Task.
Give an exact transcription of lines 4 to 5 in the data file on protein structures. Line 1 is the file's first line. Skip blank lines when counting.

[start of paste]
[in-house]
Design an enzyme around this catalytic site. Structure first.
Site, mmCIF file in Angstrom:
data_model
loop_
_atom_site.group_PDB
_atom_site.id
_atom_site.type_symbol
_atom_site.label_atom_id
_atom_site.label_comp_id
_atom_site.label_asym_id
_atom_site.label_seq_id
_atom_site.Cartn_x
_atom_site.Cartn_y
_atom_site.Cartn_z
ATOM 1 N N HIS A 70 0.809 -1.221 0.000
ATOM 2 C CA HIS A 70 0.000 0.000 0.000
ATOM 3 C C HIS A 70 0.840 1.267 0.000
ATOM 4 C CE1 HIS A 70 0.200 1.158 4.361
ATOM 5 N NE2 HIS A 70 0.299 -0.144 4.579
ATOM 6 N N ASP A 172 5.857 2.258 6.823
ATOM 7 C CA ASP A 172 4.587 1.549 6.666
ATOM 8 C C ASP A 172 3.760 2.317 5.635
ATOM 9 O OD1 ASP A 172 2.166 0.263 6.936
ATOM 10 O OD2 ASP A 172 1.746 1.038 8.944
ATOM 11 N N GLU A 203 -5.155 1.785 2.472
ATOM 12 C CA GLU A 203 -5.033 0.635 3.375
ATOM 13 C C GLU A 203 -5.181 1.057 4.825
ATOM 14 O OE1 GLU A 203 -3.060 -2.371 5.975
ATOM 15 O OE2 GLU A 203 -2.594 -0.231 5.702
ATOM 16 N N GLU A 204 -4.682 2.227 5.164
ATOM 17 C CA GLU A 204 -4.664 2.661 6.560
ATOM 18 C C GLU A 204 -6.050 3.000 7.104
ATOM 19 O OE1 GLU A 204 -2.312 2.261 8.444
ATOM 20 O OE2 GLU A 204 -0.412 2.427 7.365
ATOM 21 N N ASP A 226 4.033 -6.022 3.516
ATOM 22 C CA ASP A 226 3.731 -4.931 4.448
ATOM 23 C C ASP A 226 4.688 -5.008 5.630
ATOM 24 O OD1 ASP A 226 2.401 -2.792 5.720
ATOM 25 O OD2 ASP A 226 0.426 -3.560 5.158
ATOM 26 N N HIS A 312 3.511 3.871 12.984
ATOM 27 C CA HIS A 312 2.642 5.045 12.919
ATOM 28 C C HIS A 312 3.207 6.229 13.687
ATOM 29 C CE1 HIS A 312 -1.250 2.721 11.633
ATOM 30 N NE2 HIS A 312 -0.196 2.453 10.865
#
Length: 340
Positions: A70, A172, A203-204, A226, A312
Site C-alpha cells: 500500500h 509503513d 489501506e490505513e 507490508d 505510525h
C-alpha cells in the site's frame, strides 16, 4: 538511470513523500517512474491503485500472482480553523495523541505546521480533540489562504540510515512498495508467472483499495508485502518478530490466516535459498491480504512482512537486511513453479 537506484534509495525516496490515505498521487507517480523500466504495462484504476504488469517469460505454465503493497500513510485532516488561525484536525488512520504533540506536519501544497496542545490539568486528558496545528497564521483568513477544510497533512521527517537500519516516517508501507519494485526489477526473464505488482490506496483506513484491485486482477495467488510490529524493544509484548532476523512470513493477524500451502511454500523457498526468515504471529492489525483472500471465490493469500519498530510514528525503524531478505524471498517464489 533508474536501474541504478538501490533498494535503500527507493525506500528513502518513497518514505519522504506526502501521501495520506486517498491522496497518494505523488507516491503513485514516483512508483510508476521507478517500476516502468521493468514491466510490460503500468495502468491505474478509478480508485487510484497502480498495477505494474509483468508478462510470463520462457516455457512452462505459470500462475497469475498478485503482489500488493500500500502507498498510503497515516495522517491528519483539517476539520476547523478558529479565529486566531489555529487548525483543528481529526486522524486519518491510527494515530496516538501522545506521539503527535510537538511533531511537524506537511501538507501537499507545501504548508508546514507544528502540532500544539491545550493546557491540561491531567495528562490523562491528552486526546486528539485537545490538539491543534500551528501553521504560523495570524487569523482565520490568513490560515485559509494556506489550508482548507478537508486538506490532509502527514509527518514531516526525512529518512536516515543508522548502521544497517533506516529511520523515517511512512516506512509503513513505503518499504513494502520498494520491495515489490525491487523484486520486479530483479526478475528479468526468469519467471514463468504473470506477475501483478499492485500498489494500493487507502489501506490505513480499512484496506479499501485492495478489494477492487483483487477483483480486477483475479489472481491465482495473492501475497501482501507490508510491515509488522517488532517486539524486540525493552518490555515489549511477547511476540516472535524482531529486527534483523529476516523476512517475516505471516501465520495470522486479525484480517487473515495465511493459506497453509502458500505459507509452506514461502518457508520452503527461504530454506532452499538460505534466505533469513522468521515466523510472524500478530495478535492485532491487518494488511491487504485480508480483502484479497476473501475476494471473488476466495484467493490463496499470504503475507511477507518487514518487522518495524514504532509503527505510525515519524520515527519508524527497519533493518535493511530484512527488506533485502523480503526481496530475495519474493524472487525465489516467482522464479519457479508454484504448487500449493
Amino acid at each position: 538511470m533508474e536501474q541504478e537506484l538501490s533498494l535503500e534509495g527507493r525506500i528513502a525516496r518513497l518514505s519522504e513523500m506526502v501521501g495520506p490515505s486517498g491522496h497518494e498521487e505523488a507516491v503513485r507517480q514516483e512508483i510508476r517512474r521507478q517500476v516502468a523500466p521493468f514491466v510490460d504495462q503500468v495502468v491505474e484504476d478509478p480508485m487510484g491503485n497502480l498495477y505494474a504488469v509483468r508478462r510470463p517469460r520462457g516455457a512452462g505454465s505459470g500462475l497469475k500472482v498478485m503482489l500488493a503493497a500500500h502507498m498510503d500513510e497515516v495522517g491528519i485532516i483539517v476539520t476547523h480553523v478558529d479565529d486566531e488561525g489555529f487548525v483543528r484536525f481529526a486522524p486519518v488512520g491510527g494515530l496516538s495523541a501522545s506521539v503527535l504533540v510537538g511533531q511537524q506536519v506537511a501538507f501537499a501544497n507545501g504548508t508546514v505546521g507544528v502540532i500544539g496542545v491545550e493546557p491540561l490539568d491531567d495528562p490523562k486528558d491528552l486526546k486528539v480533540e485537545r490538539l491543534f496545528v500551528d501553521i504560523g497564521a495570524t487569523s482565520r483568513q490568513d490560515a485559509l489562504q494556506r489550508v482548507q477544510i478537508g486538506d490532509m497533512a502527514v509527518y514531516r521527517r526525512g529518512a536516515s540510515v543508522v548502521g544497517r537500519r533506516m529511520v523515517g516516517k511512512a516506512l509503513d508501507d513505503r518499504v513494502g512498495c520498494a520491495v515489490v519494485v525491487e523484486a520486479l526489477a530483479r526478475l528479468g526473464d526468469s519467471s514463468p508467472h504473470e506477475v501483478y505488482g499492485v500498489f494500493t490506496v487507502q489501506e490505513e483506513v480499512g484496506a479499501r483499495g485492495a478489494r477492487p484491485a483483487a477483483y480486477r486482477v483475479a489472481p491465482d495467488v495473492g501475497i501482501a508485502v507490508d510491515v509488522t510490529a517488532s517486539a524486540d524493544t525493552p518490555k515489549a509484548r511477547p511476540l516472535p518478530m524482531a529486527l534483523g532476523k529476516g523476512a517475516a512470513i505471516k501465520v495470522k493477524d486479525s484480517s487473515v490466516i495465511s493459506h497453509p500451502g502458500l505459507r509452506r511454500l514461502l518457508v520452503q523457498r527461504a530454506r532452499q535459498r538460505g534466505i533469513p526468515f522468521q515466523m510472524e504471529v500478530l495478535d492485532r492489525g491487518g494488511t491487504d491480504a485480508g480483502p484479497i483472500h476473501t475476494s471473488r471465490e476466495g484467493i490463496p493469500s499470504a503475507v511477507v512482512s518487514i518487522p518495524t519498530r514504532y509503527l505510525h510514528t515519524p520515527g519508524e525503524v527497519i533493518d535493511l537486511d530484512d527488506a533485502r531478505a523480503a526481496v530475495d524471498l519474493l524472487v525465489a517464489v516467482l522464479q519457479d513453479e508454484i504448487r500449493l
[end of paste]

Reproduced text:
data_model
loop_